Monday, March 12, 2012

Montessori at Mealtime: Better Late Than Never

    While we love following Dr. Montessori's principles at home, we decided not to use her methods at mealtimes.  Instead we used baby-led solids (a.k.a. baby-led weaning).  These approaches do have similarities, but some very fundamental differences.  Melissa from Vibrant Wanderings did an excellent comparison of the two here, so I will not try to re-create. While we have been very happy with our decision to use BLS, we have decided it is time to introduce a few more skills.
   As I explained in a previous post, one of my primary reasons for choosing BLS when introducing Q-ball to solids was that it recognizes babies' developmental capabilities. I believe it is absolutely necessary to give babies and children opportunities to do things themselves.  This is critical for them to demonstrate and further master their capabilities.  Dr. Montessori absolutely agreed.  As she explains in The Montessori Method, "nature has furnished [the child] with the physical means for carrying on these various activities, and with the intellectual means for learning how to do them.  And our duty toward him, in every case, that of helping them to make a conquest of such useful acts as nature intended he should preform for himself."
    And, yet....a few weeks ago I realized that we have not given Q-ball very many opportunities to drink from a cup or to use silverware.  So, how do you implement Montessori feeding methods a little late?  Here's what we are doing:

Using A Spoon
    At least during one meal a day, I give Q-ball a child-sized spoon.  The first few times, I gave her the spoon after she had already eaten some food as that she would not loose complete interest in eating.  But, I realized that this was not as necessary as I expected.  While she was very excited about the spoon, she typically continued eating (except for a few times when I think she was pretty much finished eating anyway.)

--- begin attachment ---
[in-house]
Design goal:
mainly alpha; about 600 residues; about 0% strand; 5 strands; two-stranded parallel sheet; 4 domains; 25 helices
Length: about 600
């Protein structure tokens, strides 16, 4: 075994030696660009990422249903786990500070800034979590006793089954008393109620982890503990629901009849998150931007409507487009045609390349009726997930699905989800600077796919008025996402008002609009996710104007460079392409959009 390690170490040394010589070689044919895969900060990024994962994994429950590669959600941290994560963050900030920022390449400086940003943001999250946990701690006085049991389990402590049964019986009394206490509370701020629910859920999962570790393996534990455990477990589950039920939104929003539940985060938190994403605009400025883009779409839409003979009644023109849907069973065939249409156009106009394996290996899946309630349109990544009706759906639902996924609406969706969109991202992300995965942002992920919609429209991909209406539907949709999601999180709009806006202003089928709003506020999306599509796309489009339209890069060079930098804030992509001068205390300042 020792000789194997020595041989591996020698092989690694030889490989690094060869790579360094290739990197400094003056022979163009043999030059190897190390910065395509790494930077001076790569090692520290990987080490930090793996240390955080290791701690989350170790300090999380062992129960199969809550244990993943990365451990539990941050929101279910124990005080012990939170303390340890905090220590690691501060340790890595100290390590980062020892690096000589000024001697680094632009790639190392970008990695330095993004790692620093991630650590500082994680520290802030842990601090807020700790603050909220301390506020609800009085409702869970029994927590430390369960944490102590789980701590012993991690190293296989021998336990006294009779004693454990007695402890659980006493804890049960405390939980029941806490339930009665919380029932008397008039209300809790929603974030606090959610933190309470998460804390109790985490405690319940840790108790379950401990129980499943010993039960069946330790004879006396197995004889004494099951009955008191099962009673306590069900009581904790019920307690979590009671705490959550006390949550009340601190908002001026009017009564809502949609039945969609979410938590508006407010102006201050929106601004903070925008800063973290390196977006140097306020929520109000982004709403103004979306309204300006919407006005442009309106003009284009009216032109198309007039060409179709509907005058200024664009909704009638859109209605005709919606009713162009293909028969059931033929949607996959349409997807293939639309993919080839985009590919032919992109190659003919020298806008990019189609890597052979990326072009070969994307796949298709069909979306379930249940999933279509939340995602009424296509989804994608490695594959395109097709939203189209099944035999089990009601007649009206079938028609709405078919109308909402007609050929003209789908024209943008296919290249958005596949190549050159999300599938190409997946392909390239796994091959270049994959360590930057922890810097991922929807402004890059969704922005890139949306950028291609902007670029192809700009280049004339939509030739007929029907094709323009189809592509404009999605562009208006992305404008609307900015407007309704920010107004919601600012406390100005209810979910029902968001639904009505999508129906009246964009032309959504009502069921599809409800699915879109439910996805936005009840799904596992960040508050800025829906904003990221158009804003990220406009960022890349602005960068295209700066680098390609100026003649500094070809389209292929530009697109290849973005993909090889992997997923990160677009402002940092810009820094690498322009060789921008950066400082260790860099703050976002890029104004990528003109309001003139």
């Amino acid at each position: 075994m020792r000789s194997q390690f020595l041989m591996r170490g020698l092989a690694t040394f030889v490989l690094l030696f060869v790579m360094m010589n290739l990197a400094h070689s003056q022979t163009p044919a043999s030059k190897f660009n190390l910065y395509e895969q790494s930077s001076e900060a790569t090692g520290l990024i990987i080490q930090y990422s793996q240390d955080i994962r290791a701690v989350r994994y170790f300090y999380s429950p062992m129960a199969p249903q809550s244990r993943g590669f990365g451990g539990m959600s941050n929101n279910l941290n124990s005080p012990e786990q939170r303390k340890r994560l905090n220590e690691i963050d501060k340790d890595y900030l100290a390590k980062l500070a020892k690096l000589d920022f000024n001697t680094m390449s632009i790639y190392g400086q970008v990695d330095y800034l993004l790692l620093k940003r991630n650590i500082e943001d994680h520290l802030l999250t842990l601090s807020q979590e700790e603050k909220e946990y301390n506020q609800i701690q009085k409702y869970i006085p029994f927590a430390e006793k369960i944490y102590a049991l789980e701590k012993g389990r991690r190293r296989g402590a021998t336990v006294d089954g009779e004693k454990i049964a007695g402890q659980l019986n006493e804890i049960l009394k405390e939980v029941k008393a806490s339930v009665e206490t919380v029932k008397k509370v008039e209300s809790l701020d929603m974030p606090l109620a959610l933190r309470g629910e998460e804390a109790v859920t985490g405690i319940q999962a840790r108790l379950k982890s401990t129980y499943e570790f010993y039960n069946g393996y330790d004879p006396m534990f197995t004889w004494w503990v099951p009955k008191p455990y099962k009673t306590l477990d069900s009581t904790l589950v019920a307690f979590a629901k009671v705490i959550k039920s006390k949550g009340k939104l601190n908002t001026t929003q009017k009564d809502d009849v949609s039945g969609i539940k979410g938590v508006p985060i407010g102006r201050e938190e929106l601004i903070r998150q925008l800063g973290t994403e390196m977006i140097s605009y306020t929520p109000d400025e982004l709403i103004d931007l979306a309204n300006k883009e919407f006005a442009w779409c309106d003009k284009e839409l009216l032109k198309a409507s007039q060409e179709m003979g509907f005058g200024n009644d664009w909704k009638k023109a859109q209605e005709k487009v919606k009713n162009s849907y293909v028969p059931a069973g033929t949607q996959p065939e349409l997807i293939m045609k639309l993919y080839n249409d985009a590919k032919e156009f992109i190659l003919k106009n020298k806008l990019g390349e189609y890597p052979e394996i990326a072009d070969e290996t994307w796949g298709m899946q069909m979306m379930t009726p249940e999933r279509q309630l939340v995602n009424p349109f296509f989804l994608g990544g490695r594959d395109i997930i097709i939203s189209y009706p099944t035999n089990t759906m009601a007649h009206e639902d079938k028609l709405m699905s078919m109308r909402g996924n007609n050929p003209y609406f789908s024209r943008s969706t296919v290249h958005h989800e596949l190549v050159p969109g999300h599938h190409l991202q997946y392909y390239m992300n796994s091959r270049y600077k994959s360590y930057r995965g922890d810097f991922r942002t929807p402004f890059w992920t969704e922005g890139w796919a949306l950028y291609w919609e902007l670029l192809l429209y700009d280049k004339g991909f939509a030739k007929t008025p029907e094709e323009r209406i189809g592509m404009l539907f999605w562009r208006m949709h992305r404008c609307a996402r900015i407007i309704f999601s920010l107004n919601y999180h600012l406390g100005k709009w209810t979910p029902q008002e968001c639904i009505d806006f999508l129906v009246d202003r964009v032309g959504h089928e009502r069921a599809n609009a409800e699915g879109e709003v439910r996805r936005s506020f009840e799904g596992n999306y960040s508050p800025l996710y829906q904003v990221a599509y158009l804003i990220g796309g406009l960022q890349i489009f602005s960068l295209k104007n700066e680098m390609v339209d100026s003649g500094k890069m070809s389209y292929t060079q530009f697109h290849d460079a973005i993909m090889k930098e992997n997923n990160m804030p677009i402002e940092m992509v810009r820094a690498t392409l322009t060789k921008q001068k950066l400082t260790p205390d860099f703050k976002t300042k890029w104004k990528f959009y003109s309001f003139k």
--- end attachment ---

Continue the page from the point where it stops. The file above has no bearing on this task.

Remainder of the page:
When presenting her with the spoon, I demonstrate scooping up food from her plate (kept on the table- not her high chair) and then using the spoon to eat the food.  I've had the most luck doing this at breakfast when we are eating sticky oatmeal vs. dinner when we are eating rolly-polly peas. In accordance to BLS, I do not feed her from the spoon.  I simply place the spoon in front of her.When she requests more food, I continue serving her food on her spoon.
    Has it worked? Not quite yet.  At first, she looks at the spoon with a big smile, and then use her fingers to dig the food off of the spoon.  Now she does occasionally get the spoon in her mouth, but sans food.  I believe she has the concept, though.  She does hold the spoon correctly, and it hasn't been thrown to the floor nearly as much as I anticipated (unlike last night's dinner of potatoes and green beans...)

Using a Cup
    As for drinking, we have tried a variety of things, but Q-ball seems to big one of the biggest proponents of breastfeeding around and is confused as to why she should bother with anything else.  She refused a bottle, thought a sippy cup was a really fun teething toy, and did start to use a straw cup, but never really mastered swallowing.  So, now I am just presenting her with a cup filled with a little water at the end of our meals. Before placing the cup in front of her, I demonstrate how to drink from it. She gets very excited. Then she picks up the cup looks curiously at the water inside and rolls the cup around in her hands, moving the water in the cup. And then dumps the cup on her high chair table and tries to use her hands to drink it.
Has it worked?
   Obviously, not yet.  But, I'm certainly not giving up. She'll obviously get it soon enough. 
Montessori Monday

Montessori, M. (1912). The Montessori Method. New York: Fredrick A. Stokes Company. (Trans. Anne E. George).


  1. All we can do is give them the tools, right? I love that you're giving Q-ball the opportunity to figure things out in her own time. Even though Annabelle has been given real silverware since her first experiences with solids at seven months, she still chooses to use her fingers sometimes. She's capable, but she also prefers the most efficient method much of the time, and that isn't always a spoon! Right now I see no reason to insist or force it either, and I suspect her tendency to keep her hands clean by choosing silverware will grow with her developing social skills. Time will tell, I guess!

  2. I had not thought of the aspect of clean hands and social skills. Wonderful connection! I'm glad I'm able to learn so much from everyone.


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